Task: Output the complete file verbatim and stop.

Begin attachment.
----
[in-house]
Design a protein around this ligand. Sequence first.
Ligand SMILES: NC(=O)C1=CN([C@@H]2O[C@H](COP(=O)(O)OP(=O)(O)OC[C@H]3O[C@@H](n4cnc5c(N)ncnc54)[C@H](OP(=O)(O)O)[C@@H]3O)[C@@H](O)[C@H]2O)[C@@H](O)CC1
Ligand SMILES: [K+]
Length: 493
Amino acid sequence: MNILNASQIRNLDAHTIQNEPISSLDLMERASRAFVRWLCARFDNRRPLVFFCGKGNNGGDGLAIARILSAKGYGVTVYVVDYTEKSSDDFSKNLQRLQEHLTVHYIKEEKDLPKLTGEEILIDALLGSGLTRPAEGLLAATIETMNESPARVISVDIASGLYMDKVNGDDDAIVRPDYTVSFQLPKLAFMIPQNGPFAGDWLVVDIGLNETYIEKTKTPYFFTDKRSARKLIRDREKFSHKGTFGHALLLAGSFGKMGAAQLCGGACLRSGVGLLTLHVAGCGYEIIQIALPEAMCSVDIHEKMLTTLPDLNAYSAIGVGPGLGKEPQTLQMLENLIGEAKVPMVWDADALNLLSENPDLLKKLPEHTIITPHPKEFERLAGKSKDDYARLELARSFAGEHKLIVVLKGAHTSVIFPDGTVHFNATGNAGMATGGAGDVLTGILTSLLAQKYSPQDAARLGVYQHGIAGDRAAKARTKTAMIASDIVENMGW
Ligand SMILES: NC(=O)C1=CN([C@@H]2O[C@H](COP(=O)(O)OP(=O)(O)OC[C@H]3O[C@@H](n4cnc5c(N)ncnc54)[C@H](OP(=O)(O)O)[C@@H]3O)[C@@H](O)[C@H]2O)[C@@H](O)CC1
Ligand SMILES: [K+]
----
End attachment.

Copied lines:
[in-house]
Design a protein around this ligand. Sequence first.
Ligand SMILES: NC(=O)C1=CN([C@@H]2O[C@H](COP(=O)(O)OP(=O)(O)OC[C@H]3O[C@@H](n4cnc5c(N)ncnc54)[C@H](OP(=O)(O)O)[C@@H]3O)[C@@H](O)[C@H]2O)[C@@H](O)CC1
Ligand SMILES: [K+]
Length: 493
Amino acid sequence: MNILNASQIRNLDAHTIQNEPISSLDLMERASRAFVRWLCARFDNRRPLVFFCGKGNNGGDGLAIARILSAKGYGVTVYVVDYTEKSSDDFSKNLQRLQEHLTVHYIKEEKDLPKLTGEEILIDALLGSGLTRPAEGLLAATIETMNESPARVISVDIASGLYMDKVNGDDDAIVRPDYTVSFQLPKLAFMIPQNGPFAGDWLVVDIGLNETYIEKTKTPYFFTDKRSARKLIRDREKFSHKGTFGHALLLAGSFGKMGAAQLCGGACLRSGVGLLTLHVAGCGYEIIQIALPEAMCSVDIHEKMLTTLPDLNAYSAIGVGPGLGKEPQTLQMLENLIGEAKVPMVWDADALNLLSENPDLLKKLPEHTIITPHPKEFERLAGKSKDDYARLELARSFAGEHKLIVVLKGAHTSVIFPDGTVHFNATGNAGMATGGAGDVLTGILTSLLAQKYSPQDAARLGVYQHGIAGDRAAKARTKTAMIASDIVENMGW
Ligand SMILES: NC(=O)C1=CN([C@@H]2O[C@H](COP(=O)(O)OP(=O)(O)OC[C@H]3O[C@@H](n4cnc5c(N)ncnc54)[C@H](OP(=O)(O)O)[C@@H]3O)[C@@H](O)[C@H]2O)[C@@H](O)CC1
Ligand SMILES: [K+]